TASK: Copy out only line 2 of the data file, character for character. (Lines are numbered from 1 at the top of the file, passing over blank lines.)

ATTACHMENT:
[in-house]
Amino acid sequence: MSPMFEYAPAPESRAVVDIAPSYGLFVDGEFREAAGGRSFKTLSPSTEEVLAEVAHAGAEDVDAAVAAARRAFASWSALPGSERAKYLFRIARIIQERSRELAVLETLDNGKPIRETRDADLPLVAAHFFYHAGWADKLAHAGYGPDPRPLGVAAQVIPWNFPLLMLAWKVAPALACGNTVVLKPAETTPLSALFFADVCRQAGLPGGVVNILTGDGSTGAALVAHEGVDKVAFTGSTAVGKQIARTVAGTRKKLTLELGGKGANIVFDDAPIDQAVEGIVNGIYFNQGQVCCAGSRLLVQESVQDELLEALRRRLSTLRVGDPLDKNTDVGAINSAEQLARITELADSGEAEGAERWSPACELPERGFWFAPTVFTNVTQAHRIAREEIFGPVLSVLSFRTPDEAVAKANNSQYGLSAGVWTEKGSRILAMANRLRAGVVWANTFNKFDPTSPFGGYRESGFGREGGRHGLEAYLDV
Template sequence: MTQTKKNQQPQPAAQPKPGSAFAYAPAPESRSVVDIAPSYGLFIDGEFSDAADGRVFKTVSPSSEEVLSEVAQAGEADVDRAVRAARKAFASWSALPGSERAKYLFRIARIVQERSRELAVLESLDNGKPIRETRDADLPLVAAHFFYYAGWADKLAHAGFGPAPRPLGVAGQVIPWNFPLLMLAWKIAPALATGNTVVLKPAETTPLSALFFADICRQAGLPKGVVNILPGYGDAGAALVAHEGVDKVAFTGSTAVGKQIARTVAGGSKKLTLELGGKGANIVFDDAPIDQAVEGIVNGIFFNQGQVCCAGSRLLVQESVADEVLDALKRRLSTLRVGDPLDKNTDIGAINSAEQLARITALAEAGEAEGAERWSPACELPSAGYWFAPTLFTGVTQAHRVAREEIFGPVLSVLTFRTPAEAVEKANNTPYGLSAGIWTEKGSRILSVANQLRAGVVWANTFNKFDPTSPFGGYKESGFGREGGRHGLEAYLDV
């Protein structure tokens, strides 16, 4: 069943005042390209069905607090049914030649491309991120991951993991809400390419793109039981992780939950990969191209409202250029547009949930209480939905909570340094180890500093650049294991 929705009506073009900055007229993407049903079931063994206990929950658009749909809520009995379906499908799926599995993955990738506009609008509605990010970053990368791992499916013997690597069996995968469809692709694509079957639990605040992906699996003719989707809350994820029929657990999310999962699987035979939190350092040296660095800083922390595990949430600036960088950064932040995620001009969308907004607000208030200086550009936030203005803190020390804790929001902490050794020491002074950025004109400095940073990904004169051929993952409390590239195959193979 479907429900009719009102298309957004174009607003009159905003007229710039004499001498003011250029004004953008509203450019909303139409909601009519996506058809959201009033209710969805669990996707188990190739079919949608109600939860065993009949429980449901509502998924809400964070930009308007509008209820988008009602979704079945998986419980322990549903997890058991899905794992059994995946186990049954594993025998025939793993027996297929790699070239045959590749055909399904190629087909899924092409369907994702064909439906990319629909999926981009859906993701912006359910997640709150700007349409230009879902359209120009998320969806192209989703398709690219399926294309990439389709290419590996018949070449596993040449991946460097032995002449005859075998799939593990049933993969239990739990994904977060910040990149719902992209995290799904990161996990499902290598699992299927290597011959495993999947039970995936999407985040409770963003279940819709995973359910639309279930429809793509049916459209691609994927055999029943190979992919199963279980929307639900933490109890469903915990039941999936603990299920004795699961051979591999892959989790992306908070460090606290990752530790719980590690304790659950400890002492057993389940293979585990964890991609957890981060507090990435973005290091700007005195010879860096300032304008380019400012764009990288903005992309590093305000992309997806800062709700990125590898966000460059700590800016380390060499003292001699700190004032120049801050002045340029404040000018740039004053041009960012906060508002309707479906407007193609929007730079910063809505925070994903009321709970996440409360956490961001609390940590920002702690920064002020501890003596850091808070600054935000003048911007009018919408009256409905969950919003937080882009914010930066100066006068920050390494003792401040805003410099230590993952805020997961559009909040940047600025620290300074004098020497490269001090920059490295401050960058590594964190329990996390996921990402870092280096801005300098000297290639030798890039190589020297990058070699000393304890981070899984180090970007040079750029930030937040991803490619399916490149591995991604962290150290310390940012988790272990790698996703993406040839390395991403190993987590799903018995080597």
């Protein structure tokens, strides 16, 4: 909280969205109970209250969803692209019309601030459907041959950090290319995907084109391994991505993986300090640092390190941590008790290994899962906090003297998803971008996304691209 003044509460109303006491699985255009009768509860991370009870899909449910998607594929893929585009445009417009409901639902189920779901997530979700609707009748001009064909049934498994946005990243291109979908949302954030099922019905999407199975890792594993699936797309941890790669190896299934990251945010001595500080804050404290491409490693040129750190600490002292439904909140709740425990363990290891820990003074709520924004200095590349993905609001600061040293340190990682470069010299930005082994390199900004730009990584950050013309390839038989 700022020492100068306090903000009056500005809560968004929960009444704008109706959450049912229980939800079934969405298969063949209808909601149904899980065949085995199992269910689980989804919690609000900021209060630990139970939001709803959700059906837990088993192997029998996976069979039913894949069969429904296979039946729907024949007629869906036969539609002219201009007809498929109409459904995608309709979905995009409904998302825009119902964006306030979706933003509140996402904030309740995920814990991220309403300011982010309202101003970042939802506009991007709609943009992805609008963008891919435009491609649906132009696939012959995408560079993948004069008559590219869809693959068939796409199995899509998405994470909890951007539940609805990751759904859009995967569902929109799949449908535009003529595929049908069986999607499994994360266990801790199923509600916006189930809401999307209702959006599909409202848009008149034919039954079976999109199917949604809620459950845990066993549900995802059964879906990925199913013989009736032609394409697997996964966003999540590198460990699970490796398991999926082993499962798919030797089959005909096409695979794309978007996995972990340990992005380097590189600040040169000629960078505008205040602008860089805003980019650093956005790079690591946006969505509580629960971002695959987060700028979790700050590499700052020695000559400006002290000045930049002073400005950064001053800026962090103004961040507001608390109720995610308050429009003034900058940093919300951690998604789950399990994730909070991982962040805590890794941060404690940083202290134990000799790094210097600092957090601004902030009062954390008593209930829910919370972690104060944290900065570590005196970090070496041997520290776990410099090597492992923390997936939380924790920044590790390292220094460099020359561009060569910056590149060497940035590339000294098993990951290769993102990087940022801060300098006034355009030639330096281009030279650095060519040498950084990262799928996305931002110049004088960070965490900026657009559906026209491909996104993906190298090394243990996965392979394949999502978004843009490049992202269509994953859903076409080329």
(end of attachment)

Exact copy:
Amino acid sequence: MSPMFEYAPAPESRAVVDIAPSYGLFVDGEFREAAGGRSFKTLSPSTEEVLAEVAHAGAEDVDAAVAAARRAFASWSALPGSERAKYLFRIARIIQERSRELAVLETLDNGKPIRETRDADLPLVAAHFFYHAGWADKLAHAGYGPDPRPLGVAAQVIPWNFPLLMLAWKVAPALACGNTVVLKPAETTPLSALFFADVCRQAGLPGGVVNILTGDGSTGAALVAHEGVDKVAFTGSTAVGKQIARTVAGTRKKLTLELGGKGANIVFDDAPIDQAVEGIVNGIYFNQGQVCCAGSRLLVQESVQDELLEALRRRLSTLRVGDPLDKNTDVGAINSAEQLARITELADSGEAEGAERWSPACELPERGFWFAPTVFTNVTQAHRIAREEIFGPVLSVLSFRTPDEAVAKANNSQYGLSAGVWTEKGSRILAMANRLRAGVVWANTFNKFDPTSPFGGYRESGFGREGGRHGLEAYLDV